The Company performed an analysis and determined that they did not have an ownership change of greater than 50% over a 3-year testing period. The last ownership change was determined to be on June 3, 2015. Based on a market capitalization of $125 million and using an applicable federal rate of 2.5%, the annual limitation would be approximately $3.0 million. Post change losses generated after June 3, 2015 would not be subject to 382 limitations.
The Company applies the FASB’s provisions for uncertain tax positions. The Company utilizes the two-step process to determine the amount of recognized tax benefit. For tax positions meeting the more-likely-than-not threshold, the amount recognized in the consolidated financial statements is the largest benefit that has a greater than 50% likelihood of being realized upon ultimate settlement with the relevant tax authority. The Company recognizes interest and penalties associated with uncertain tax positions as a component of income tax expense.
As of March 31, 2021, management does not believe the Company has any material uncertain tax positions that would require it to measure and reflect the potential lack of sustainability of a position on audit in its financial statements. The Company will continue to evaluate its uncertain tax positions in future periods to determine if measurement and recognition in its financial statements is necessary. The Company does not believe there will be any material changes in its unrecognized tax positions over the next year.
For years prior to 2017, the federal statute of limitations is closed for assessing tax. The Company’s state tax returns remain open to examination for a period of three to four years from date of filing.

Note 12 – Contingencies
Contingencies
From time to time, the Company is subject to legal proceedings and claims, either asserted or unasserted, that arise in the ordinary course of business. While the outcome of pending claims cannot be predicted with certainty, the Company does not believe that the outcome of any pending claims will have a material adverse effect on the Company's financial condition or operating results.


ITEM 2. MANAGEMENT'S DISCUSSION AND ANALYSIS OF FINANCIAL CONDITION AND RESULTS OF OPERATIONS
The following Management’s Discussion and Analysis of Financial Condition and Results of Operations contains forward-looking statements that involve risks and uncertainties. Our actual results could differ materially from those anticipated in these forward-looking statements as a result of various factors, including those set forth under “Cautionary Note Regarding Forward-Looking Statements” herein and under “Risk Factors” in our 2020 Form 10-K. The following discussion should be read in conjunction with our consolidated financial statements and related notes thereto included elsewhere in this Quarterly Report and in our 2020 Form 10-K.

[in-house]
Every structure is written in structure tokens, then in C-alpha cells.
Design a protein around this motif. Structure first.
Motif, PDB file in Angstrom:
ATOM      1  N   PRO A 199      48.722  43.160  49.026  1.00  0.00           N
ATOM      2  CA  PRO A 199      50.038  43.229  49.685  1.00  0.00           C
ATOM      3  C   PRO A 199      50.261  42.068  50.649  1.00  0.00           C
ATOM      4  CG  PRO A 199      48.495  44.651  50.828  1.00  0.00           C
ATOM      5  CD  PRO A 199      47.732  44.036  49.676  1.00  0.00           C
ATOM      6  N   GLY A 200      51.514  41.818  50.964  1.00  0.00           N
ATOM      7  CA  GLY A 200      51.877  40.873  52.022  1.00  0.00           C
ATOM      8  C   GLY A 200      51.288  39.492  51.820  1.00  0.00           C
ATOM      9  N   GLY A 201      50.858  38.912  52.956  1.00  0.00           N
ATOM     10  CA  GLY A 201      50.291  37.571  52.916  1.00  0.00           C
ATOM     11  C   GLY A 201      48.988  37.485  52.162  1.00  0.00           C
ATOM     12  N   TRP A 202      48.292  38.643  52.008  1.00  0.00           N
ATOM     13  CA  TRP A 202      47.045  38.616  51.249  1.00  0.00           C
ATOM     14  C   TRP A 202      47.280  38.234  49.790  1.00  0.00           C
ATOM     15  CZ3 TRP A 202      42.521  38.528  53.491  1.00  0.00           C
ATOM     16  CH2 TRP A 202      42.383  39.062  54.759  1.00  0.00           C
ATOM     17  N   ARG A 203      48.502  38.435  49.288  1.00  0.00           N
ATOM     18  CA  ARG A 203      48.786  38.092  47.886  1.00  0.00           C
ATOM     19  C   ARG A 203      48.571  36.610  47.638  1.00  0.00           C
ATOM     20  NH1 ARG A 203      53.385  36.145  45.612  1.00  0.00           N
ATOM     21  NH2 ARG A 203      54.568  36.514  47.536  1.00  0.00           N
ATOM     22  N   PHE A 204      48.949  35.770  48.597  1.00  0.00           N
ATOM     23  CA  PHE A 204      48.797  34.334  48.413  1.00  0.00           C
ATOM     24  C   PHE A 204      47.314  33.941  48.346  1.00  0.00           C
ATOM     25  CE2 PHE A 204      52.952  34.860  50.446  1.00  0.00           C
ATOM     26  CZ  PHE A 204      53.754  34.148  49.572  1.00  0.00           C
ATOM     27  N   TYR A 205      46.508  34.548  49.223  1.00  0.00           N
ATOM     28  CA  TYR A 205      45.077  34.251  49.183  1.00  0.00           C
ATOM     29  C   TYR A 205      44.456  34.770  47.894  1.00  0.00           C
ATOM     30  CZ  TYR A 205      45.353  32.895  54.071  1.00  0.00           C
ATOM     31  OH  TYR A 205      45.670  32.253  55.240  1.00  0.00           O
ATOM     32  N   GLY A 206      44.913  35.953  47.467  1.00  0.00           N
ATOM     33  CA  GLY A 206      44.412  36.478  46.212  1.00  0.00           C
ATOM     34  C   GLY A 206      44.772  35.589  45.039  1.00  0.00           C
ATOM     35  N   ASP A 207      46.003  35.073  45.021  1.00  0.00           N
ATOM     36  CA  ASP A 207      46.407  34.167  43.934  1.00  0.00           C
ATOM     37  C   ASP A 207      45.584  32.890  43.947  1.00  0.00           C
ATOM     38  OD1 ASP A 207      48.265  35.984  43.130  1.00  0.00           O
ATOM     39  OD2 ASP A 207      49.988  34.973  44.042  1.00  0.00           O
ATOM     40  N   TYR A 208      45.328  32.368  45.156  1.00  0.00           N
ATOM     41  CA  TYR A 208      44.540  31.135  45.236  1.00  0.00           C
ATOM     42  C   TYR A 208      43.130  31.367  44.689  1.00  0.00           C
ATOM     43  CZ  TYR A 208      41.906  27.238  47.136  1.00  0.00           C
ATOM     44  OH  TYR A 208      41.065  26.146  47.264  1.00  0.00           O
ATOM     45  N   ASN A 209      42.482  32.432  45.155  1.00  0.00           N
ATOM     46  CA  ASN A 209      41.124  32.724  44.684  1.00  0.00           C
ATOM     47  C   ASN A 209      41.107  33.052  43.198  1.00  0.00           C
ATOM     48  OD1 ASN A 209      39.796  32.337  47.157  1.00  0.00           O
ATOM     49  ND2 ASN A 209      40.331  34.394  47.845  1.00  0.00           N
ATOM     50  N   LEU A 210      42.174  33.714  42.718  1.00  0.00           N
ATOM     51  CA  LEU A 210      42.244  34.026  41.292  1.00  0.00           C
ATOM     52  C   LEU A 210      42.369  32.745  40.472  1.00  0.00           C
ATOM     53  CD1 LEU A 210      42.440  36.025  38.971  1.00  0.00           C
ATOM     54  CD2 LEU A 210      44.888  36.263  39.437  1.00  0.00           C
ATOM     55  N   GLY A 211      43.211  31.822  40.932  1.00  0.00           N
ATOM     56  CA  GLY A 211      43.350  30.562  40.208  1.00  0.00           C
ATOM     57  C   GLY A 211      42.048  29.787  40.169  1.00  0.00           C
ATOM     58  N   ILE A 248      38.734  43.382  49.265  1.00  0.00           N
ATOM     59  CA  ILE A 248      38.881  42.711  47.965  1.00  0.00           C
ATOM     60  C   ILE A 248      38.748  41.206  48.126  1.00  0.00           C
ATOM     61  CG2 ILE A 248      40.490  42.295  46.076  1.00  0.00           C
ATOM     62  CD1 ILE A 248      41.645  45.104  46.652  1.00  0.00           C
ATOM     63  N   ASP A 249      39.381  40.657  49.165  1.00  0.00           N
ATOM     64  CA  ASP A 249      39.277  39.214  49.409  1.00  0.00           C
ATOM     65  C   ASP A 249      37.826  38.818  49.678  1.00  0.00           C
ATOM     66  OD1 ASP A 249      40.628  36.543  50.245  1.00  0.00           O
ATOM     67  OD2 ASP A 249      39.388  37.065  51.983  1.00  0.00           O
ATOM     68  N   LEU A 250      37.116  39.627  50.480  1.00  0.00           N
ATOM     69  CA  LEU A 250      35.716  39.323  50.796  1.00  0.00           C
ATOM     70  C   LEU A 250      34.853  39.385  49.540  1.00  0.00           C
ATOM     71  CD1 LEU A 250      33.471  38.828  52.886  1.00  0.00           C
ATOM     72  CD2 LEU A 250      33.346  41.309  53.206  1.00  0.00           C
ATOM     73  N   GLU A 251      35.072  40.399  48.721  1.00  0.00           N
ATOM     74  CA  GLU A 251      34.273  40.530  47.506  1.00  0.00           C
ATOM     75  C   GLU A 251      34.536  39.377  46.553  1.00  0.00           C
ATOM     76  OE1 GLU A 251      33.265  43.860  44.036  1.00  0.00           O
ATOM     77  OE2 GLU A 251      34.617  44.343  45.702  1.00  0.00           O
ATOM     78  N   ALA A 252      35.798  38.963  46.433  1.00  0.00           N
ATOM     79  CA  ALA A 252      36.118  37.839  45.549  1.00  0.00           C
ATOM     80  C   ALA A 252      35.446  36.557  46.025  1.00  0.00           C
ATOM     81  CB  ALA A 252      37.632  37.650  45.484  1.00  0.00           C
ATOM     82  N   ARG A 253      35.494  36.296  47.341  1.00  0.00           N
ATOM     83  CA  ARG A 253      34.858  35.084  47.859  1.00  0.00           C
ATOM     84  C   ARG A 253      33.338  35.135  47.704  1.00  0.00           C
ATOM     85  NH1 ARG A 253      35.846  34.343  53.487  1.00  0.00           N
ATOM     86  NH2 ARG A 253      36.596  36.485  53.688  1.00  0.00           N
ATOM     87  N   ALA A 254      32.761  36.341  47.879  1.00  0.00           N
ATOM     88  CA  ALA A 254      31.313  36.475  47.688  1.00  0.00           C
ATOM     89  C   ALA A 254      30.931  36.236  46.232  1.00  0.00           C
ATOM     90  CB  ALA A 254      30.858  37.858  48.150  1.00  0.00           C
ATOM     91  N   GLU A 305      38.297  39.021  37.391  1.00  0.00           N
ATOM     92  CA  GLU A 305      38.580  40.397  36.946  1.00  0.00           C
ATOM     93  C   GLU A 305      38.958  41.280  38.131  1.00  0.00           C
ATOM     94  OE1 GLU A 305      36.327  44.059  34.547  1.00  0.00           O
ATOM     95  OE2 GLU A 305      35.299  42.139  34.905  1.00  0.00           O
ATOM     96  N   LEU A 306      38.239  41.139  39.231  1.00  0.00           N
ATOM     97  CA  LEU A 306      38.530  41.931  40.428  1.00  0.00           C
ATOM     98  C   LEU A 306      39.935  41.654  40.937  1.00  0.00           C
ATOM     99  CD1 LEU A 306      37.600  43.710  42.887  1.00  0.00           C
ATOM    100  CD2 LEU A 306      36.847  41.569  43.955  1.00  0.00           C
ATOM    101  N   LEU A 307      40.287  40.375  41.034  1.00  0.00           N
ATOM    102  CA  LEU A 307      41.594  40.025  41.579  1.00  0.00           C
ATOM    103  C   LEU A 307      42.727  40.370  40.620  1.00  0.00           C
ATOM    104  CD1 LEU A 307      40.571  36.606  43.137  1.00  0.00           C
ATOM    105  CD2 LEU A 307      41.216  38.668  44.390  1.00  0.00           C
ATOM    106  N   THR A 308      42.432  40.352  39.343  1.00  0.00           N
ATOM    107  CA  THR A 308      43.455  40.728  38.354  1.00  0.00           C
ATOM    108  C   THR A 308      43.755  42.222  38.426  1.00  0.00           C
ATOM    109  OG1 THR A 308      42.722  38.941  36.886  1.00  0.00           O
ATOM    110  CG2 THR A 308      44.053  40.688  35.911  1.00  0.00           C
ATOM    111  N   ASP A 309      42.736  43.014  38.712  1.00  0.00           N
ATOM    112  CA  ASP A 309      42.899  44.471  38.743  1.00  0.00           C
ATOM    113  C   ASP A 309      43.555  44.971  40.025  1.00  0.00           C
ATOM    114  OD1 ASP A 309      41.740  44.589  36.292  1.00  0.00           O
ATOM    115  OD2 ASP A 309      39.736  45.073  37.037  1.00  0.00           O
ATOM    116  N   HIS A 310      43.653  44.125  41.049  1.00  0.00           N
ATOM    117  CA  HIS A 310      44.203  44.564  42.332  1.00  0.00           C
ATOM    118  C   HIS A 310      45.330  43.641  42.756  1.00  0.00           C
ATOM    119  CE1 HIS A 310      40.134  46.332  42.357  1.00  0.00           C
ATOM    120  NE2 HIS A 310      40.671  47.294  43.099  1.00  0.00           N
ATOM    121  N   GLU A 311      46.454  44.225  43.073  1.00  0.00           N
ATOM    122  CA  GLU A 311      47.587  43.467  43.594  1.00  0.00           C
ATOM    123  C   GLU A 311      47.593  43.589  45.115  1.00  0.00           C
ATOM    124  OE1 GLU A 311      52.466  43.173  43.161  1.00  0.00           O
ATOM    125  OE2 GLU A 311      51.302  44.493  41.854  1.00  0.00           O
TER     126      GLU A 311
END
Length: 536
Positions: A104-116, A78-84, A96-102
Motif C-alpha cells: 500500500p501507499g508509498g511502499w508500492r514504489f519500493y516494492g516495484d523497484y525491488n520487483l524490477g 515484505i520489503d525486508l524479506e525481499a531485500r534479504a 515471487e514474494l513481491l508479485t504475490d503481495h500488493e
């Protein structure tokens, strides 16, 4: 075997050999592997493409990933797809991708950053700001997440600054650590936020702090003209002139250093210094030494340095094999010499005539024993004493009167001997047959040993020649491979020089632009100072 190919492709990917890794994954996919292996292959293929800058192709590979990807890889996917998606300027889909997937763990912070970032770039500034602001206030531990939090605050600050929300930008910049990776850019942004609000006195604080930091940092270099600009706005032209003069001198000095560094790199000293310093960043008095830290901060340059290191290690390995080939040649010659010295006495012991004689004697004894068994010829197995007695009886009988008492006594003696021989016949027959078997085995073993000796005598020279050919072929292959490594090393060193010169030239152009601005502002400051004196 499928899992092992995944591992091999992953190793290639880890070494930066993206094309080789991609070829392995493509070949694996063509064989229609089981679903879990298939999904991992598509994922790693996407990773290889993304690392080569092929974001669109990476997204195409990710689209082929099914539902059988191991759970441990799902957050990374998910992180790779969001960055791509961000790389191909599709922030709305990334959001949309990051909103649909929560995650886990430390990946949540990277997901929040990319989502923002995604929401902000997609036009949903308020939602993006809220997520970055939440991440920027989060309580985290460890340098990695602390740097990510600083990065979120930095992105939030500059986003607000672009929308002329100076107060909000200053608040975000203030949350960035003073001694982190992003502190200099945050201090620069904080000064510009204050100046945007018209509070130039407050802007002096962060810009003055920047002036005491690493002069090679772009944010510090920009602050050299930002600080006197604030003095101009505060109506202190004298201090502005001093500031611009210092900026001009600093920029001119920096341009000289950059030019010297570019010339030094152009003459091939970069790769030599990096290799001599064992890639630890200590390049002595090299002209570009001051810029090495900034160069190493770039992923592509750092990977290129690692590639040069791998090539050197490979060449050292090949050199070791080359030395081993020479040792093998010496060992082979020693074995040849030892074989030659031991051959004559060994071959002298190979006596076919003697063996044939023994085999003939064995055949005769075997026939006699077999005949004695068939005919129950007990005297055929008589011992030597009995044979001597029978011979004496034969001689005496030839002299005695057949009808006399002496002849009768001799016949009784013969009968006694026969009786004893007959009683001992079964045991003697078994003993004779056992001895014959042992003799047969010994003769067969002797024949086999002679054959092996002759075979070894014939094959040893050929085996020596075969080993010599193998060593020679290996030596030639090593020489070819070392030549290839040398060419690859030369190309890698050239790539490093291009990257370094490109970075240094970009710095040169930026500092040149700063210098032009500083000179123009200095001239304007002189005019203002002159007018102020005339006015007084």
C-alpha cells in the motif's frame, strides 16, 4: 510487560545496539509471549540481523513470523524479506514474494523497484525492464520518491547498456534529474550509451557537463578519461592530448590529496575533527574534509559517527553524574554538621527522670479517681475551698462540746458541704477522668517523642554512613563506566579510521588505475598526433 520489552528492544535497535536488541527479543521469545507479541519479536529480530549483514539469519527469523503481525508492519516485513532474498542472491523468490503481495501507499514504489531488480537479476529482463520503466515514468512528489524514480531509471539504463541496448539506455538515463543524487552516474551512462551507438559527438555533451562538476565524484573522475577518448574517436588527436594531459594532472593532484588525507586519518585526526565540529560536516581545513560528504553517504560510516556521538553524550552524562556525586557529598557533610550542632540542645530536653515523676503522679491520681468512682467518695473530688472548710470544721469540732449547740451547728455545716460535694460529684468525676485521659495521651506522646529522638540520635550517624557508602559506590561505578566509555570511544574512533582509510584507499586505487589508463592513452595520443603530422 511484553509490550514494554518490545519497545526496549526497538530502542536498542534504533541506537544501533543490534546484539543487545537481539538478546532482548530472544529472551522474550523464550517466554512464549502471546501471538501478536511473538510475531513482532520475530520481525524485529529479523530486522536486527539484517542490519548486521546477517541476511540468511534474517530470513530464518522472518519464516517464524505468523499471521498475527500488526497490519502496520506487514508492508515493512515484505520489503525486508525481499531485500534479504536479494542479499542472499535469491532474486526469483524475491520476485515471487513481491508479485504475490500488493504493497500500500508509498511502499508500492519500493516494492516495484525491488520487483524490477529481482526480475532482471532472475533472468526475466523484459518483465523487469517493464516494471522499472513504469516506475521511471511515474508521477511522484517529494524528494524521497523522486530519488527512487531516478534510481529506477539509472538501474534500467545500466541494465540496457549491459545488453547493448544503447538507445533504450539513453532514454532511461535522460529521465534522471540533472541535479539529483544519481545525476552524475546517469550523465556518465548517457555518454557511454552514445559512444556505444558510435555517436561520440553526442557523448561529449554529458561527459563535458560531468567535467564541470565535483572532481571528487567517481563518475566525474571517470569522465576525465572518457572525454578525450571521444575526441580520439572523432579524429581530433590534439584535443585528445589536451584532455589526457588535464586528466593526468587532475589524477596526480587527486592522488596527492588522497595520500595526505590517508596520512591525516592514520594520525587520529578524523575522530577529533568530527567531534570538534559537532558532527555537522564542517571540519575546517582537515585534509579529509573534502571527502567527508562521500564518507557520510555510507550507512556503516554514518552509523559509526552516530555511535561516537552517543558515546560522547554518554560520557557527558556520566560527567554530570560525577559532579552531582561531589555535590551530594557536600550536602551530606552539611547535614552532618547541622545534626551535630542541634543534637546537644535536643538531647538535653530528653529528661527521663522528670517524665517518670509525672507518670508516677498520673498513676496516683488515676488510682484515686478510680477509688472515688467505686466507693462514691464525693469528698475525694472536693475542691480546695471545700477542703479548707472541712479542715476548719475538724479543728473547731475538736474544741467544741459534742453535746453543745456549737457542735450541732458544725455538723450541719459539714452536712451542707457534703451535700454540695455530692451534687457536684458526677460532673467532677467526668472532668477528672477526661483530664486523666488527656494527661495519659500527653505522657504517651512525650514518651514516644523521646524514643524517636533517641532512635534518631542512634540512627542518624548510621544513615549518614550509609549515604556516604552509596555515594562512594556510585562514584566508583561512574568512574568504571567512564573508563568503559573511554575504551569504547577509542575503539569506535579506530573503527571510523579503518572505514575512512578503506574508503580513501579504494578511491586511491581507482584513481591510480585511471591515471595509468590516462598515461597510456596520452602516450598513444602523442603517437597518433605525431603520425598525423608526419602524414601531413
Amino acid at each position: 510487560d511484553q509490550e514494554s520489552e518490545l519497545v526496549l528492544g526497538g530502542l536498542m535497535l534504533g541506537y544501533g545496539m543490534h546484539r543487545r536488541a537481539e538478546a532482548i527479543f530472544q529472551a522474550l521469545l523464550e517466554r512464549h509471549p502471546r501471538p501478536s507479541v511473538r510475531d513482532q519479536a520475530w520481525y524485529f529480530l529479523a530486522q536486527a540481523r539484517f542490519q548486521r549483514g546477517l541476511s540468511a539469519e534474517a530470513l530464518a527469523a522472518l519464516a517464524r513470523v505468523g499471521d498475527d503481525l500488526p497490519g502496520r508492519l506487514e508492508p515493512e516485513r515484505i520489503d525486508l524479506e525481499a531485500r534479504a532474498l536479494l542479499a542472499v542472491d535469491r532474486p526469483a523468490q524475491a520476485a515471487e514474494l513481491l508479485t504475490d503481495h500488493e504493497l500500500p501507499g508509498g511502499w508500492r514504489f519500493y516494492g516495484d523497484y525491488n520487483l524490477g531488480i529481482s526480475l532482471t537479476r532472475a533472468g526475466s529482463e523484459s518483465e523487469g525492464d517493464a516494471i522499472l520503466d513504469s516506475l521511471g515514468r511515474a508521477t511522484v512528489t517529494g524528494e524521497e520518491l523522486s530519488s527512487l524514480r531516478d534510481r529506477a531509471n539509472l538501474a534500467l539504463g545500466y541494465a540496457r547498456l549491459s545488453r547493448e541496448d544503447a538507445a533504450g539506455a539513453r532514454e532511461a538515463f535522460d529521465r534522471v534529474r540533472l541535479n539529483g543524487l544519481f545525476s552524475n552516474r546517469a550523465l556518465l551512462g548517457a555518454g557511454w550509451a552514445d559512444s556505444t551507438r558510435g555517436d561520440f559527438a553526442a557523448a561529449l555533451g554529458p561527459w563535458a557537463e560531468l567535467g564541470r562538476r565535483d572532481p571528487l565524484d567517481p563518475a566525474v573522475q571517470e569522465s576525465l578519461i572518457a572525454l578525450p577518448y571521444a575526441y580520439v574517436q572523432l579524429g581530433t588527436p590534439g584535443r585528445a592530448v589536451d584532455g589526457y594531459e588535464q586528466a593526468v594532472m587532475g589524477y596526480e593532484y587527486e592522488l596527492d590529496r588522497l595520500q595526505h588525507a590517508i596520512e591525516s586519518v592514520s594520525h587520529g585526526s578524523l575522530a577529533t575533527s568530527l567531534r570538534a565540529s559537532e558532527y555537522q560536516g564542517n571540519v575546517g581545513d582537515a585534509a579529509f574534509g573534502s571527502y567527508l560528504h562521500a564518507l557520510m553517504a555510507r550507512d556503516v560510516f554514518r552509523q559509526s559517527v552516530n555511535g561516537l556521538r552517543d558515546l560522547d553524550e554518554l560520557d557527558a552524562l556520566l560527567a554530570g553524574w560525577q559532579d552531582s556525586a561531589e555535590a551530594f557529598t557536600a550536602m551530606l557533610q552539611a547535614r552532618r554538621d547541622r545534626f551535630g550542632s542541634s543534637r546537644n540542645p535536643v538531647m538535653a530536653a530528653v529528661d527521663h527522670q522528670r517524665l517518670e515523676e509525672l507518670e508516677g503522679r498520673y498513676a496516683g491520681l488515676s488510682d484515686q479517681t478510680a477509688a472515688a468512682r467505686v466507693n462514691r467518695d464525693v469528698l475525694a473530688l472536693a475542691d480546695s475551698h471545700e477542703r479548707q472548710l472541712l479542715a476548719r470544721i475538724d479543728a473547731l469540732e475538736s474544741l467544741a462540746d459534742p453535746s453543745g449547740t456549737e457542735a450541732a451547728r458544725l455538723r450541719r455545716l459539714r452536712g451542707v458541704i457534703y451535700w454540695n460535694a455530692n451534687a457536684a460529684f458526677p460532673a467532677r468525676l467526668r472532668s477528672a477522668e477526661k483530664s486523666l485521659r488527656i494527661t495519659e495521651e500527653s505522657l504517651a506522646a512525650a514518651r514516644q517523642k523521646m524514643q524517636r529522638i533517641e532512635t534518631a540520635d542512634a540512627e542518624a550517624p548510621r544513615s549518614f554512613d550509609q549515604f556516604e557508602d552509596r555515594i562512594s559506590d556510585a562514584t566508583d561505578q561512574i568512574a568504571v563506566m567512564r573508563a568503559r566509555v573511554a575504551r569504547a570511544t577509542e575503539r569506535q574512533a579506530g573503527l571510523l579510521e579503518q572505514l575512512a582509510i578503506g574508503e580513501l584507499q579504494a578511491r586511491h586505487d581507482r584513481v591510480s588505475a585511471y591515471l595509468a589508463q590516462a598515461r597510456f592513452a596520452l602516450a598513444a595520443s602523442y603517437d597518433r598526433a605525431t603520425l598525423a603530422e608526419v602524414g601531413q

Overview
Caladrius Biosciences, Inc. (“we,” “us,” "our," “Caladrius” or the “Company”) is a clinical-stage biopharmaceutical company dedicated to the development and commercialization of cellular therapies designed to reverse disease and/or promote the regeneration of damaged tissue. We are developing first-in-class therapeutics based on the characteristics of naturally occurring CD34+ cells and their ability to stimulate the growth of new microvasculature. Our technology leverages these cells to enable the body's natural repair mechanisms using formulations unique to each medical indication.
Our leadership team has decades of collective biopharmaceutical development experience. Our goal is to develop and commercialize products that address important unmet medical needs based on a broad and versatile portfolio of candidates. Our current product candidates include: CLBS16, the subject of both a recently completed positive Phase 2a study and a newly initiated Phase 2b (FREEDOM) study in the U.S. for the treatment of coronary microvascular dysfunction (“CMD”); HONEDRA® (CLBS12), recipient of SAKIGAKE designation and eligible for early conditional approval in Japan for the treatment of critical limb ischemia (“CLI”) and Buerger’s disease based on the results of an ongoing clinical trial and recipient of orphan drug designation in March 2021 from the U.S. Food and Drug Administration ("FDA") for Buerger's disease; CLBS201, designed to assess the safety and efficacy of CD34+ cell therapy as a treatment for patients with pre-dialysis diabetic kidney disease (“DKD”) and OLOGO (CLBS14), a Regenerative Medicine Advanced Therapy (“RMAT”) designated Phase 3 ready therapy for treatment of no-option refractory disabling angina (“NORDA”).
Ischemic Repair (CD34 Cell Technology)
The CD34+ cell was discovered as a result of the deliberate search for a stem cell capable of stimulating the development and/or repair of blood vessels. All tissues in the body maintain their function by replacing cells over time. In addition to the maintenance function, the body must also be capable of building new blood vessels after injury. A CD34+ cell is a stem cell that has the ability to stimulate new blood vessel formation at the level of the microvasculature. No other native cell discovered to date has demonstrated this same capability.